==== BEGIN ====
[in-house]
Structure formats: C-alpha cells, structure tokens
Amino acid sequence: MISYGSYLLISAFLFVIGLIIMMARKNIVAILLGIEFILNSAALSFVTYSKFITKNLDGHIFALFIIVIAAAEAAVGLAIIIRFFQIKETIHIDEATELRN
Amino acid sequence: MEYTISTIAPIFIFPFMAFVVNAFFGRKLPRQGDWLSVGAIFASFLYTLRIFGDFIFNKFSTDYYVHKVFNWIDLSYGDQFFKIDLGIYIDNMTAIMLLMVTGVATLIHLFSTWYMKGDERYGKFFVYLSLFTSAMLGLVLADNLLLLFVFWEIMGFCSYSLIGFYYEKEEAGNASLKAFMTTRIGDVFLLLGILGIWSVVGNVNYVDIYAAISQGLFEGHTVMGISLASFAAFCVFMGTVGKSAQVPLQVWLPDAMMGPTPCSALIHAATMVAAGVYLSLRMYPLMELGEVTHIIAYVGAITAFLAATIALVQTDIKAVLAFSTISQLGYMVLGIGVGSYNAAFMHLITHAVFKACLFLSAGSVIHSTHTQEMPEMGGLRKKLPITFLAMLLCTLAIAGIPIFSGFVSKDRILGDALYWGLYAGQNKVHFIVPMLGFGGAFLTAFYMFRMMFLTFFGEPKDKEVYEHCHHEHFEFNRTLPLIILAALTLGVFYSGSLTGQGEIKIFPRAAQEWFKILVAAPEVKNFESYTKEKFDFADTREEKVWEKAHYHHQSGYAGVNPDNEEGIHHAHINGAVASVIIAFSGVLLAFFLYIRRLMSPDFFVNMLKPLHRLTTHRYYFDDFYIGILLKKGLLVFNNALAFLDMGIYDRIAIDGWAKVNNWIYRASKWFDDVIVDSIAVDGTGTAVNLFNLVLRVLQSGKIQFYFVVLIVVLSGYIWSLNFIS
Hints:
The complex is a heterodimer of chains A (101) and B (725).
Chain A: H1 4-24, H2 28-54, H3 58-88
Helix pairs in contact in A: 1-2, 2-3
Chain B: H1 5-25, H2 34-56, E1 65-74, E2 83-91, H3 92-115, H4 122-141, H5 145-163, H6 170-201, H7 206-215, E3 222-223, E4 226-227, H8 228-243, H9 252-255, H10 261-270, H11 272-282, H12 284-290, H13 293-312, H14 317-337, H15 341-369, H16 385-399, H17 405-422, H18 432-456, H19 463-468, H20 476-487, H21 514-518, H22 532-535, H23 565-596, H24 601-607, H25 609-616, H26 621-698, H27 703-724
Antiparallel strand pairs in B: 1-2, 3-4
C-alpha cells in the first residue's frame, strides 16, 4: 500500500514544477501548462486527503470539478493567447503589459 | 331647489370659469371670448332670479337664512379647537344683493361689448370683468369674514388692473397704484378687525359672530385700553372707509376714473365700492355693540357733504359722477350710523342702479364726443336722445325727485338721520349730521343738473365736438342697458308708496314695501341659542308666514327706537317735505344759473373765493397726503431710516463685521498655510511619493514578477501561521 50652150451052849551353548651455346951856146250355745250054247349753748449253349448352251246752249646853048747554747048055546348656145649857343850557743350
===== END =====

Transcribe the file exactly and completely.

[in-house]
Structure formats: C-alpha cells, structure tokens
Amino acid sequence: MISYGSYLLISAFLFVIGLIIMMARKNIVAILLGIEFILNSAALSFVTYSKFITKNLDGHIFALFIIVIAAAEAAVGLAIIIRFFQIKETIHIDEATELRN
Amino acid sequence: MEYTISTIAPIFIFPFMAFVVNAFFGRKLPRQGDWLSVGAIFASFLYTLRIFGDFIFNKFSTDYYVHKVFNWIDLSYGDQFFKIDLGIYIDNMTAIMLLMVTGVATLIHLFSTWYMKGDERYGKFFVYLSLFTSAMLGLVLADNLLLLFVFWEIMGFCSYSLIGFYYEKEEAGNASLKAFMTTRIGDVFLLLGILGIWSVVGNVNYVDIYAAISQGLFEGHTVMGISLASFAAFCVFMGTVGKSAQVPLQVWLPDAMMGPTPCSALIHAATMVAAGVYLSLRMYPLMELGEVTHIIAYVGAITAFLAATIALVQTDIKAVLAFSTISQLGYMVLGIGVGSYNAAFMHLITHAVFKACLFLSAGSVIHSTHTQEMPEMGGLRKKLPITFLAMLLCTLAIAGIPIFSGFVSKDRILGDALYWGLYAGQNKVHFIVPMLGFGGAFLTAFYMFRMMFLTFFGEPKDKEVYEHCHHEHFEFNRTLPLIILAALTLGVFYSGSLTGQGEIKIFPRAAQEWFKILVAAPEVKNFESYTKEKFDFADTREEKVWEKAHYHHQSGYAGVNPDNEEGIHHAHINGAVASVIIAFSGVLLAFFLYIRRLMSPDFFVNMLKPLHRLTTHRYYFDDFYIGILLKKGLLVFNNALAFLDMGIYDRIAIDGWAKVNNWIYRASKWFDDVIVDSIAVDGTGTAVNLFNLVLRVLQSGKIQFYFVVLIVVLSGYIWSLNFIS
Hints:
The complex is a heterodimer of chains A (101) and B (725).
Chain A: H1 4-24, H2 28-54, H3 58-88
Helix pairs in contact in A: 1-2, 2-3
Chain B: H1 5-25, H2 34-56, E1 65-74, E2 83-91, H3 92-115, H4 122-141, H5 145-163, H6 170-201, H7 206-215, E3 222-223, E4 226-227, H8 228-243, H9 252-255, H10 261-270, H11 272-282, H12 284-290, H13 293-312, H14 317-337, H15 341-369, H16 385-399, H17 405-422, H18 432-456, H19 463-468, H20 476-487, H21 514-518, H22 532-535, H23 565-596, H24 601-607, H25 609-616, H26 621-698, H27 703-724
Antiparallel strand pairs in B: 1-2, 3-4
C-alpha cells in the first residue's frame, strides 16, 4: 500500500514544477501548462486527503470539478493567447503589459 | 331647489370659469371670448332670479337664512379647537344683493361689448370683468369674514388692473397704484378687525359672530385700553372707509376714473365700492355693540357733504359722477350710523342702479364726443336722445325727485338721520349730521343738473365736438342697458308708496314695501341659542308666514327706537317735505344759473373765493397726503431710516463685521498655510511619493514578477501561521 50652150451052849551353548651455346951856146250355745250054247349753748449253349448352251246752249646853048747554747048055546348656145649857343850557743350